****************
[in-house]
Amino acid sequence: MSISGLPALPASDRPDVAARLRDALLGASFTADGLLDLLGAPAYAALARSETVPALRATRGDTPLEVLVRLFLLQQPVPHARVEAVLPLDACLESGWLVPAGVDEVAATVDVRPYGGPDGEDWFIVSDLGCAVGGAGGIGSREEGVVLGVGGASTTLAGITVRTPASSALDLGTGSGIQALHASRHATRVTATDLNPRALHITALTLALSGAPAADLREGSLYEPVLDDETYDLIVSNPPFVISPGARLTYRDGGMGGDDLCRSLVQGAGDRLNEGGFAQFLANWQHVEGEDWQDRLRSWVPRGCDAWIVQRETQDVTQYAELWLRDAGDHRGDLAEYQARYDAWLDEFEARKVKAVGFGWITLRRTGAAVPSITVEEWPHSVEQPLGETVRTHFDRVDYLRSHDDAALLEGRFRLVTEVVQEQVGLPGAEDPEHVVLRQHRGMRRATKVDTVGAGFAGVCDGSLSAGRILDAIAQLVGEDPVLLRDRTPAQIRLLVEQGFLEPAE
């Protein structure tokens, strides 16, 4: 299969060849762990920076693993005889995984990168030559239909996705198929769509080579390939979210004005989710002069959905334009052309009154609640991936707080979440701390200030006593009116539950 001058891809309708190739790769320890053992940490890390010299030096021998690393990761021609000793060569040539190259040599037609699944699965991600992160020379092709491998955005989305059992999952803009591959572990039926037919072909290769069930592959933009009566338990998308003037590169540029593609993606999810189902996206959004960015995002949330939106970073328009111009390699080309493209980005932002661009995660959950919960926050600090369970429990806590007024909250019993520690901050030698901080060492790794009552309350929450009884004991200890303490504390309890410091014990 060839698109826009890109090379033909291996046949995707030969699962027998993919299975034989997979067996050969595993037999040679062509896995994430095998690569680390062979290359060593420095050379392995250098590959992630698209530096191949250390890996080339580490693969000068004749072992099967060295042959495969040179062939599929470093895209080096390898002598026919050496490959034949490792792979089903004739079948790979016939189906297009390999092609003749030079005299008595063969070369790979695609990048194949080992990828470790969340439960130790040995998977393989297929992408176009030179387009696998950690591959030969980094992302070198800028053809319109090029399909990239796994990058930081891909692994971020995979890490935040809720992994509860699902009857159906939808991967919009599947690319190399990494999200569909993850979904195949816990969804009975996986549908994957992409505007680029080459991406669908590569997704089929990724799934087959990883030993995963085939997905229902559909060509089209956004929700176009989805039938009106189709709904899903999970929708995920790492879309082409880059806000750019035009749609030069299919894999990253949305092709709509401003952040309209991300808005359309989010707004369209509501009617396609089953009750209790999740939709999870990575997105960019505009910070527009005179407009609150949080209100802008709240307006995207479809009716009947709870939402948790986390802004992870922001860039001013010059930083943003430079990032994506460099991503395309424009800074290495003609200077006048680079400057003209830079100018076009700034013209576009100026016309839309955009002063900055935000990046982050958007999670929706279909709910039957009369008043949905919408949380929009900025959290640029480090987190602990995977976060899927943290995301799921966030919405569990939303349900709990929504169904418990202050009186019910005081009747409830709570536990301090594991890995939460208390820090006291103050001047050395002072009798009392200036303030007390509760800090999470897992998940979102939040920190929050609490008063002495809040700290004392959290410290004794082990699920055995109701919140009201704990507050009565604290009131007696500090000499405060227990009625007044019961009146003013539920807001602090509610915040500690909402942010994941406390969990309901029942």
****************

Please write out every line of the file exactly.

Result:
[in-house]
Amino acid sequence: MSISGLPALPASDRPDVAARLRDALLGASFTADGLLDLLGAPAYAALARSETVPALRATRGDTPLEVLVRLFLLQQPVPHARVEAVLPLDACLESGWLVPAGVDEVAATVDVRPYGGPDGEDWFIVSDLGCAVGGAGGIGSREEGVVLGVGGASTTLAGITVRTPASSALDLGTGSGIQALHASRHATRVTATDLNPRALHITALTLALSGAPAADLREGSLYEPVLDDETYDLIVSNPPFVISPGARLTYRDGGMGGDDLCRSLVQGAGDRLNEGGFAQFLANWQHVEGEDWQDRLRSWVPRGCDAWIVQRETQDVTQYAELWLRDAGDHRGDLAEYQARYDAWLDEFEARKVKAVGFGWITLRRTGAAVPSITVEEWPHSVEQPLGETVRTHFDRVDYLRSHDDAALLEGRFRLVTEVVQEQVGLPGAEDPEHVVLRQHRGMRRATKVDTVGAGFAGVCDGSLSAGRILDAIAQLVGEDPVLLRDRTPAQIRLLVEQGFLEPAE
């Protein structure tokens, strides 16, 4: 299969060849762990920076693993005889995984990168030559239909996705198929769509080579390939979210004005989710002069959905334009052309009154609640991936707080979440701390200030006593009116539950 001058891809309708190739790769320890053992940490890390010299030096021998690393990761021609000793060569040539190259040599037609699944699965991600992160020379092709491998955005989305059992999952803009591959572990039926037919072909290769069930592959933009009566338990998308003037590169540029593609993606999810189902996206959004960015995002949330939106970073328009111009390699080309493209980005932002661009995660959950919960926050600090369970429990806590007024909250019993520690901050030698901080060492790794009552309350929450009884004991200890303490504390309890410091014990 060839698109826009890109090379033909291996046949995707030969699962027998993919299975034989997979067996050969595993037999040679062509896995994430095998690569680390062979290359060593420095050379392995250098590959992630698209530096191949250390890996080339580490693969000068004749072992099967060295042959495969040179062939599929470093895209080096390898002598026919050496490959034949490792792979089903004739079948790979016939189906297009390999092609003749030079005299008595063969070369790979695609990048194949080992990828470790969340439960130790040995998977393989297929992408176009030179387009696998950690591959030969980094992302070198800028053809319109090029399909990239796994990058930081891909692994971020995979890490935040809720992994509860699902009857159906939808991967919009599947690319190399990494999200569909993850979904195949816990969804009975996986549908994957992409505007680029080459991406669908590569997704089929990724799934087959990883030993995963085939997905229902559909060509089209956004929700176009989805039938009106189709709904899903999970929708995920790492879309082409880059806000750019035009749609030069299919894999990253949305092709709509401003952040309209991300808005359309989010707004369209509501009617396609089953009750209790999740939709999870990575997105960019505009910070527009005179407009609150949080209100802008709240307006995207479809009716009947709870939402948790986390802004992870922001860039001013010059930083943003430079990032994506460099991503395309424009800074290495003609200077006048680079400057003209830079100018076009700034013209576009100026016309839309955009002063900055935000990046982050958007999670929706279909709910039957009369008043949905919408949380929009900025959290640029480090987190602990995977976060899927943290995301799921966030919405569990939303349900709990929504169904418990202050009186019910005081009747409830709570536990301090594991890995939460208390820090006291103050001047050395002072009798009392200036303030007390509760800090999470897992998940979102939040920190929050609490008063002495809040700290004392959290410290004794082990699920055995109701919140009201704990507050009565604290009131007696500090000499405060227990009625007044019961009146003013539920807001602090509610915040500690909402942010994941406390969990309901029942």